WATERLOO, Ia. — Throughout his basketball career, Maishe Dailey has been told he’s too unselfish. You won’t get recruited if you don’t score more, friends back home in Ohio would say.
When Dailey sprouted from 6-foot-1 to 6-6 in just two years, the Division I offers started pouring in — more than 20 of them last summer. He refused to let that change his style of play, averaging a mere 14 points per game as a senior at Beachwood High School in suburban Cleveland, along with 8.5 rebounds and 5 assists.
Dailey verbally committed to Rutgers in January, then backed away from those plans when coach Eddie Jordan was fired in March. He wanted to be sure the new coaching staff still wanted him. In the meantime, Florida, Connecticut and Providence College entered the picture.
So did Iowa. Dailey visited, and he was hooked.
“It just felt like everybody really welcomed me,” Dailey said Sunday after scoring 15 points, including the game-winning 3-pointer for his Prime Time League team at the Cedar Valley Sportsplex. “The coaching staff, they really had a nice blueprint for my four years here. We have the same goals for myself, and that’s just to be the best player I can be. I think the coaching staff at Iowa is the best in the nation that can do that.”
Dailey is a difficult player to get a read on because of his insistence on playing team basketball in a summer-league setting that tends to reward showy players. In his first PTL game, he was noticeable for passing up open shots to deliver the basketball to teammates closer to the basket.
“He’s like a Swiss army knife. He can do a little bit of everything. He can dribble, pass, shoot it at an elite level,” said fellow Hawkeye freshman Tyler Cook, who is on Dailey’s PTL team. “He has great height, too. He’s long, he’s hard to guard, so once he gets strong, he’ll be a problem in the Big Ten.”
Dailey is a spritely 185 pounds and says he’s not done growing. He thinks he will end up at 6-8 and hopes to add another 10 pounds of muscle before his rookie college season begins in November. A diet heavy on protein and a strict weightlifting regimen should get him there.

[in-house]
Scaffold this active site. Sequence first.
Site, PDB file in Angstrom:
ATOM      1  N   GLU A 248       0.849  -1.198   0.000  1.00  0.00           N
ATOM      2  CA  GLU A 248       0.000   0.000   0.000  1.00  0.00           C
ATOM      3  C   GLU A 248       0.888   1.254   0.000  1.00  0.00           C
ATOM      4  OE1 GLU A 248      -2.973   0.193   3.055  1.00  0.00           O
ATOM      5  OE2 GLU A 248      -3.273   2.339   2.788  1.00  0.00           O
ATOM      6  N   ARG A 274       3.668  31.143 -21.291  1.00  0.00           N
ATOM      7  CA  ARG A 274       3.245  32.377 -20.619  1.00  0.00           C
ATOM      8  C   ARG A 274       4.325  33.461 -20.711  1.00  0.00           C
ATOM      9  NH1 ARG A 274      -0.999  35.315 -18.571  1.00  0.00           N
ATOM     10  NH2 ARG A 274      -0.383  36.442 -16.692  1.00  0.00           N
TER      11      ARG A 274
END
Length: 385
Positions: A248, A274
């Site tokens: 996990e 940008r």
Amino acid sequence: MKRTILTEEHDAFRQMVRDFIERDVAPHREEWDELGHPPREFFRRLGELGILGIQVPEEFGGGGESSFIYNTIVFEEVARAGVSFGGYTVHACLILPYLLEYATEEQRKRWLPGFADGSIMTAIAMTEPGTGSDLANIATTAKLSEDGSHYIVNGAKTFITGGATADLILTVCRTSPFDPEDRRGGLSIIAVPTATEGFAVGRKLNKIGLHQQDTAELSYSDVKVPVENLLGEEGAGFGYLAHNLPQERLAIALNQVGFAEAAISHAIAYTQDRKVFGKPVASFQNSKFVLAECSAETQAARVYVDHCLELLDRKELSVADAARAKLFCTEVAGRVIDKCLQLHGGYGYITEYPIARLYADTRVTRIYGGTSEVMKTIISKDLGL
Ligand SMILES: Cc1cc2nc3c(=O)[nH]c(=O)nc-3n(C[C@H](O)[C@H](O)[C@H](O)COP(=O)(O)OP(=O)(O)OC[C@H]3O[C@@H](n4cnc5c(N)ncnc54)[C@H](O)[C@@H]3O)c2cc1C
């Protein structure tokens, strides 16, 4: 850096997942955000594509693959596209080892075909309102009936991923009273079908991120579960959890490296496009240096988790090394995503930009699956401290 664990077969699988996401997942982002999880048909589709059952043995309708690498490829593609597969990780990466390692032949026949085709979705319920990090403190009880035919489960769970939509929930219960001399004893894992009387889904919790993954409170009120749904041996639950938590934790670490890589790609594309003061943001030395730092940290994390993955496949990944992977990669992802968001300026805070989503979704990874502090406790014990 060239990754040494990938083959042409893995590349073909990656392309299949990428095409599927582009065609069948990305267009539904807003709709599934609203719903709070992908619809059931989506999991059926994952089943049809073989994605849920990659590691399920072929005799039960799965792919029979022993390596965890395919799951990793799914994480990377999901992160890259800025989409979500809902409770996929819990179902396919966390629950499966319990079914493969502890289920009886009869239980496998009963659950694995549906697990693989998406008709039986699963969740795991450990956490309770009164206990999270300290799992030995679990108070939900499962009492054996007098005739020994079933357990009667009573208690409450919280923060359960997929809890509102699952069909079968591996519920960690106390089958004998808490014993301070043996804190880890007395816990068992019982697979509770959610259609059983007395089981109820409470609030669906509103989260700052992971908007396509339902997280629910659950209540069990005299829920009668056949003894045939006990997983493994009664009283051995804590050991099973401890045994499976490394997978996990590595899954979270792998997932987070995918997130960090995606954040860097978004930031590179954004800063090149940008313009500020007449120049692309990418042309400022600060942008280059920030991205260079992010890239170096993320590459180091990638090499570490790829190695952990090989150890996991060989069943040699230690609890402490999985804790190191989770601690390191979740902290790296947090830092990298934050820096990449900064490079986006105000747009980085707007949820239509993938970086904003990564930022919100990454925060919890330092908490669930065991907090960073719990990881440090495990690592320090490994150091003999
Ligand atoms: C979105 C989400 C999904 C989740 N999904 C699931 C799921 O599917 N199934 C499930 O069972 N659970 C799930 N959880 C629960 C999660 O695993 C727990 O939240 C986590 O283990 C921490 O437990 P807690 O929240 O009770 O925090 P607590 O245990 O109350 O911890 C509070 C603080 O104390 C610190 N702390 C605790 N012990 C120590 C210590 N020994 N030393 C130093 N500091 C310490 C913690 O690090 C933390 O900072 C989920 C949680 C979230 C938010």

Still, he may end up redshirting on an Iowa team that has five incoming freshmen. He said that has not been discussed yet, and he’s preparing as if he will play this winter.
“They’ve been talking about me just being ready for the season — just keep progressing and I’m on the right path to contribute this year,” Dailey said of the feedback he’s getting from coach Fran McCaffery and the Iowa staff.
But what position he will play remains an open question. In high school, he played both guard spots and both forward positions. At Iowa, he’s been spending time at point guard and at each wing. His strength, Dailey believes, is that versatility.
“My ability to guard the smallest player on the court and the biggest player on the court” is what he brings to the team, says Dailey, whose wing span approaches 6-10. “My energy. I think I can really ramp it up and do whatever the coach asks me to do.
“I think the whole team is versatile, but I think I can bring the ball up the floor, I can rebound, I can shoot.”
A young Hawkeyes team can certainly use all of that. So perhaps Dailey will get the chance to showcase his talents and strong basketball IQ beyond just the PTL this year.
Regardless, he feels vindicated for not listening to the chatter in Ohio and trying to change who he is as a player.
“I just stayed true to myself and just played the way I know how to play,” Dailey said. “And I’m here, so I’m going to keep on doing it.”